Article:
by Col. Kenneth Haynes (Ret.) - Wednesday, April 12, 2017
What is “Point Blank Range (PBR),” and what does it mean to you? Defined, point blank range is the range at which you don’t need to aim high or low to hit your aiming point. Maximum Point Blank Range (MPBR) is simply the farthest end of that distance.
A little “Ballistics 101” will help further our discussion. If you read Richard Mann’s excellent “Ballistics Made Simple” article (click here), you’ll learn that when you fire your rifle, the bullet rises and falls through your line of sight. That means that your crosshair could be right where you want them on your target, but the bullet could strike too high or low, depending on the distance.
If you know the ballistics of your rifle/bullet combination, you can adjust your aim up or down to compensate. This is harder than it sounds, because you also need to know the range to the target. At very close or very long distances, you have to aim high, and in between, you have to aim low. Only in the two places where the round crosses your line of sight will the shot be exactly on target. Without a good range finder, getting the range right is also chancy.
But fear not! If you know your weapon/ammo “point blank range,” you can aim at the center of your target—for this example, we’ll use the range of a whitetail deer’s “kill zone”—and be assured of an effective hit.
How does it work? The “kill zone” is where a bullet with sufficient energy, penetration and expansion should strike the game to ensure a quick, humane death. On whitetail deer a safe kill zone is about 6 inches tall, and includes the heart and lungs. (Neck shots, headshots and spine shots will also stop a deer quickly, but are for accomplished shooters—missed shots are more common because they require highly accurate shooting.)
So if your aiming point is at the center of the kill zone, and your bullet never passes 3 inches above or below your line of sight, you don’t have to adjust your aiming point. The good news news: Many hunting rifles will give you point blank range out to around 250 yards. But since no two bullets have the same trajectory, you have to calculate the zero range for your bullet. To do this, you need a ballistic app, program or spreadsheet or calculator, and the following information: caliber, weight in grains, muzzle velocity in feet per second (fps), and ballistic coefficient.
This information is available from the manufacturer on the Internet. You also need to know the vertical distance of your line of sight above the center of the bore. For iron sights, measure from the top of the front sight to the center of the bore, and for scopes it’s from the center of the front lens to the center of the bore.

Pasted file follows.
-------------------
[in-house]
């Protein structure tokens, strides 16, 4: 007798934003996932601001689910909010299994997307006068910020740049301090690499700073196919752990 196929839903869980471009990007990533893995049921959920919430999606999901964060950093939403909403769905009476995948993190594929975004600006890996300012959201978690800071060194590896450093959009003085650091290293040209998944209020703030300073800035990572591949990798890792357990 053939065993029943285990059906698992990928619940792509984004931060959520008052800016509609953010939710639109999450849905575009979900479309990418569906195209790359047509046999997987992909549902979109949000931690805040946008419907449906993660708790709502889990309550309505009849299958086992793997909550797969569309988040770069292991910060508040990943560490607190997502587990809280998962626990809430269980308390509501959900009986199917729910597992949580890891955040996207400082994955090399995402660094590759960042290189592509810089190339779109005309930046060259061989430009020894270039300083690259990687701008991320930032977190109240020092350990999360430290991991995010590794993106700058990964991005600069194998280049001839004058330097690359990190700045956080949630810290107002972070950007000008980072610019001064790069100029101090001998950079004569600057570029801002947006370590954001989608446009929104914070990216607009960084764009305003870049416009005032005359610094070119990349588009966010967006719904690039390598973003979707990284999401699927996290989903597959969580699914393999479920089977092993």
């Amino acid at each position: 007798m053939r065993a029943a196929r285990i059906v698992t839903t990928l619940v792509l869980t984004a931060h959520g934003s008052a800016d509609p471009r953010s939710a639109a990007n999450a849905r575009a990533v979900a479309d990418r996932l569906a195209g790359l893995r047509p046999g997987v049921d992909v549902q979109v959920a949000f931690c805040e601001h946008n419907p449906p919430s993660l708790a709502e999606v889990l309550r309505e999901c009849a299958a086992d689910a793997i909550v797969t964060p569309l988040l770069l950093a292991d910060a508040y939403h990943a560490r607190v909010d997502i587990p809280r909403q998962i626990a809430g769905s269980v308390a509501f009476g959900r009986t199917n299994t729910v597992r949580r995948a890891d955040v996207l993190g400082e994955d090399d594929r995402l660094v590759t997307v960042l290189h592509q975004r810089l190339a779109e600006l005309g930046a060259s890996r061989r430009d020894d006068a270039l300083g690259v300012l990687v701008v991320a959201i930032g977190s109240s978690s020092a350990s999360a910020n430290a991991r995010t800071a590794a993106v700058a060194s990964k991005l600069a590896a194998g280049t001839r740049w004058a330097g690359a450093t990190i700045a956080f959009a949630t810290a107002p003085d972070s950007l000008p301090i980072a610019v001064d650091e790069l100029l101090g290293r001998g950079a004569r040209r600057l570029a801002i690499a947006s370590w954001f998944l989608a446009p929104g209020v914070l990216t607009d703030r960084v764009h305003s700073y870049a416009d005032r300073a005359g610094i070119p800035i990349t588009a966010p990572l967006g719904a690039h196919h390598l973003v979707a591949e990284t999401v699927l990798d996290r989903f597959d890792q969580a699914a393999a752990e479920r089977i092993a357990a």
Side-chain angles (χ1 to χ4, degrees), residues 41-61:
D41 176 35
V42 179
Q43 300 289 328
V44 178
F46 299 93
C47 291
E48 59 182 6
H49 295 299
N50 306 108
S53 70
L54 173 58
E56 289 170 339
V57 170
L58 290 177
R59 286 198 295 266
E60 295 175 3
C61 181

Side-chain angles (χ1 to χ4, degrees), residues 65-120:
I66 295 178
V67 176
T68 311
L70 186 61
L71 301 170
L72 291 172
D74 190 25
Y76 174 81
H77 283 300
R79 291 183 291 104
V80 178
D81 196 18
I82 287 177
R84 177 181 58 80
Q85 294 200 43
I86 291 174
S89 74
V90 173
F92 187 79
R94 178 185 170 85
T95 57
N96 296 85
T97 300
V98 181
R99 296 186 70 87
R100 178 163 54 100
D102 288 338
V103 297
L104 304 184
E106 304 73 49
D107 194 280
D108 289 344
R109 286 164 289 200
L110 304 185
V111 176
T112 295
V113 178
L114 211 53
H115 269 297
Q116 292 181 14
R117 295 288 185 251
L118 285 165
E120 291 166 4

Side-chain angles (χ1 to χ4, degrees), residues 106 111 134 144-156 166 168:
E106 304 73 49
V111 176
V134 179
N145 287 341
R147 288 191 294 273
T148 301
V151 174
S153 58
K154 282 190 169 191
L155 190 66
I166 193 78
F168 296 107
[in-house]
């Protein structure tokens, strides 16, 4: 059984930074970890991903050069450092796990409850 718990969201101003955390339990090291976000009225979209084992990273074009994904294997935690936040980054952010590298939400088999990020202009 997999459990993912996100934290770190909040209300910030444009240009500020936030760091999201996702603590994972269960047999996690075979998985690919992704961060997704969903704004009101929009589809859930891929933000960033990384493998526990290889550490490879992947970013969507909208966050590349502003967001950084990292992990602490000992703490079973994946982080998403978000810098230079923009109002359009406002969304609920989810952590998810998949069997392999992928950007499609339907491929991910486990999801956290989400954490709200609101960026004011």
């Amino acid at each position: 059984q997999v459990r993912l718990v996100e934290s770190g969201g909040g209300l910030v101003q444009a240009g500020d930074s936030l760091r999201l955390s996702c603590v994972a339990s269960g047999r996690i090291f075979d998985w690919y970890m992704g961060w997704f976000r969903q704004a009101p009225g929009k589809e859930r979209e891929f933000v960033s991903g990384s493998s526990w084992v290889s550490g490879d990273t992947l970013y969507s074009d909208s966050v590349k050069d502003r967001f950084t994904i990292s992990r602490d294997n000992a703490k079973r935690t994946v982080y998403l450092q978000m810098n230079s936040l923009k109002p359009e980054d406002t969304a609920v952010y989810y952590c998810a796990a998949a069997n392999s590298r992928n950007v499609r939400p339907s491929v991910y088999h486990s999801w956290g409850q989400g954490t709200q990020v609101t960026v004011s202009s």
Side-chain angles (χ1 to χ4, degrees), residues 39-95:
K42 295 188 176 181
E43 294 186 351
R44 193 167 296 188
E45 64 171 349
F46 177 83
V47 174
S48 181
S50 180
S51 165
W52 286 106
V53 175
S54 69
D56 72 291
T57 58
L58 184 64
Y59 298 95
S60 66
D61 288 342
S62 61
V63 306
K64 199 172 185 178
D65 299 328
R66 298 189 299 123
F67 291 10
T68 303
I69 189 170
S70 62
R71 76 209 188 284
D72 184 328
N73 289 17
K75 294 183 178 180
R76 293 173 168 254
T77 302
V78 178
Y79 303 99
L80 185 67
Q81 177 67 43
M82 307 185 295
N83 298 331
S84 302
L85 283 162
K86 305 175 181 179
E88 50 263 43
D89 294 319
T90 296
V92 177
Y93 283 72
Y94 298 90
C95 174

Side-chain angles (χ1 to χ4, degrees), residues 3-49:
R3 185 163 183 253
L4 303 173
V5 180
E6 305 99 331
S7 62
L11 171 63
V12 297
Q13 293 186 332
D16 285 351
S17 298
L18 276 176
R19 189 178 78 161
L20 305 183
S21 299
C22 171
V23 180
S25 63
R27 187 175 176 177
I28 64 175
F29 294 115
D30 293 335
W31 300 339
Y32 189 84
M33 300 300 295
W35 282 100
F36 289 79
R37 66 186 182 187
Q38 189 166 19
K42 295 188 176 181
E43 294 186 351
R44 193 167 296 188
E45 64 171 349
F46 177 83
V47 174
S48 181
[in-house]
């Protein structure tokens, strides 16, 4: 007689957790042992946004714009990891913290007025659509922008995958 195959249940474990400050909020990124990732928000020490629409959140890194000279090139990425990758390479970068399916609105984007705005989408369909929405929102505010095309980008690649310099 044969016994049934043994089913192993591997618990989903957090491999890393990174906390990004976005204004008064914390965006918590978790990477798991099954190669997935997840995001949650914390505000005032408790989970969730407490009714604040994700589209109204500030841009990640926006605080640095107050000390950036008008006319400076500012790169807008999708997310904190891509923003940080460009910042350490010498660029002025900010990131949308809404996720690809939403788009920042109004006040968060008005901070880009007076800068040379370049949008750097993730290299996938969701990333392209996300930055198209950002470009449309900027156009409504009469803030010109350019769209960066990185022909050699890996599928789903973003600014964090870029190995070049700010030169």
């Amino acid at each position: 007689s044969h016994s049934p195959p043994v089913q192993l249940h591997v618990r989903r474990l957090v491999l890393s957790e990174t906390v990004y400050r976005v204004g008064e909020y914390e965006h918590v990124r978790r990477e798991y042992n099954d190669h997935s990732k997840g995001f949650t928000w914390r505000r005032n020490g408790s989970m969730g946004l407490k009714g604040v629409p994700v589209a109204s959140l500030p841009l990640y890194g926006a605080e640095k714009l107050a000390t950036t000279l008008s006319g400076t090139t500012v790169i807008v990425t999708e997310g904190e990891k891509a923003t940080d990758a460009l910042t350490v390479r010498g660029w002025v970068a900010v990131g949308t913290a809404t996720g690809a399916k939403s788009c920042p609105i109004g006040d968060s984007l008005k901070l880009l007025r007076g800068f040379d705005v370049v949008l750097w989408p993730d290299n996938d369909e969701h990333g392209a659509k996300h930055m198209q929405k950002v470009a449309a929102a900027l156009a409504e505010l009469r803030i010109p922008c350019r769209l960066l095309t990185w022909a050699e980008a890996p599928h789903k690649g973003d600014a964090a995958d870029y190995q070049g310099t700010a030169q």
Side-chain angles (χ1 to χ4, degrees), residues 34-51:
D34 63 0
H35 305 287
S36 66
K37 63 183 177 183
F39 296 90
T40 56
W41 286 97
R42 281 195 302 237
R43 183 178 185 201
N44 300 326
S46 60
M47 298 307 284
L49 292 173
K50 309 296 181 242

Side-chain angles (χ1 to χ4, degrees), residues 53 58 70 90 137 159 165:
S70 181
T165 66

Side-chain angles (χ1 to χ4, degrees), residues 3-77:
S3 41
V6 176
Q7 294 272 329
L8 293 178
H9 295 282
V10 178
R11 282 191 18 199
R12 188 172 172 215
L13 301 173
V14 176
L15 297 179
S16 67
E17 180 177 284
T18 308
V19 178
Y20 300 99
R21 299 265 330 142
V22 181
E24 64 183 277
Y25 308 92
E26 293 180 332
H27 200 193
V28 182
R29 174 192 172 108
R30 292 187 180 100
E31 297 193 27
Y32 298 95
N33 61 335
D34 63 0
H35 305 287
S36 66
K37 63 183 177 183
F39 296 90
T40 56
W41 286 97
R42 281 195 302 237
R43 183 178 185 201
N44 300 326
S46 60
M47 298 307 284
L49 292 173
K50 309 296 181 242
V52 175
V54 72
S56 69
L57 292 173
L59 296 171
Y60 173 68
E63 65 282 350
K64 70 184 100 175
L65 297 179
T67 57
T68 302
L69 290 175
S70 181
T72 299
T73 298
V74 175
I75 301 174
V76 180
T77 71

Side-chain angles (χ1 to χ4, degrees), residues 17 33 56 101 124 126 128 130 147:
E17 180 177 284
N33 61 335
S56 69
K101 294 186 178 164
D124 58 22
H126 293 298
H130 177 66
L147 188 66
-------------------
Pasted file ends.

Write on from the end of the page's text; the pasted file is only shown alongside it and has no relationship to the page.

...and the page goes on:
I’m using my .450 Marlin, with the following data.
Scope height 3 inches
Note that my scope mount is a see-through, so I can use the iron sights under the scope if I’m close to the game.
This is from an Excel spreadsheet ballistic calculator. I filled in the required data like this:
The asterisks indicate data that will only apply for precision shooting. You can use averages with no problem. Leave the last two as zero.
I kept changing the zero range until I found one in which the highest trajectory was very close to 3 inches. Using that zero range yielded this description of the bullet’s path:
My point blank range with this rifle is 280 yards. The Excel table and chart both show the bullet rising to 6 inches between 110 and 120 yards, and falling to 6 inches below my line of sight between 280 and 290 yards. It means I can shoot the Marlin at a deer by aiming at the center of the kill zone anywhere out to 280 yards without worrying about aiming high or low.
Beyond 280 yards the bullet is dropping very fast. To be sure of a longer shot, I’d need an accurate rangefinder and a bullet drop table like the one above. (Where I hunt, which is mostly densely wooded forest of the East Coast, I would never take a shot that far.) If you were to look up the impact energy, type and shape of the projectile for my ammo, you would see that at 280 yards there is plenty of bullet for a knockdown kill.
Note that on the way up, my bullet crosses the line of sight at around 25 yards, and again at 230 yards. This information tells me I can do preliminary sighting-in and accuracy testing at 25 yards, and be on the paper at the longer ranges.
You should be able to calculate your point blank range with any commonly available ammunition, and with any ballistic program. Then make sure your bullet has plenty of killing power at your MPBR.
(For a look at a similar “take” on zeroing your hunting rifle, please go to the American Hunter and read Jeff Johnston’s “The 26-Yard Hunting Zero.”)
For more marksmanship tips, click here!
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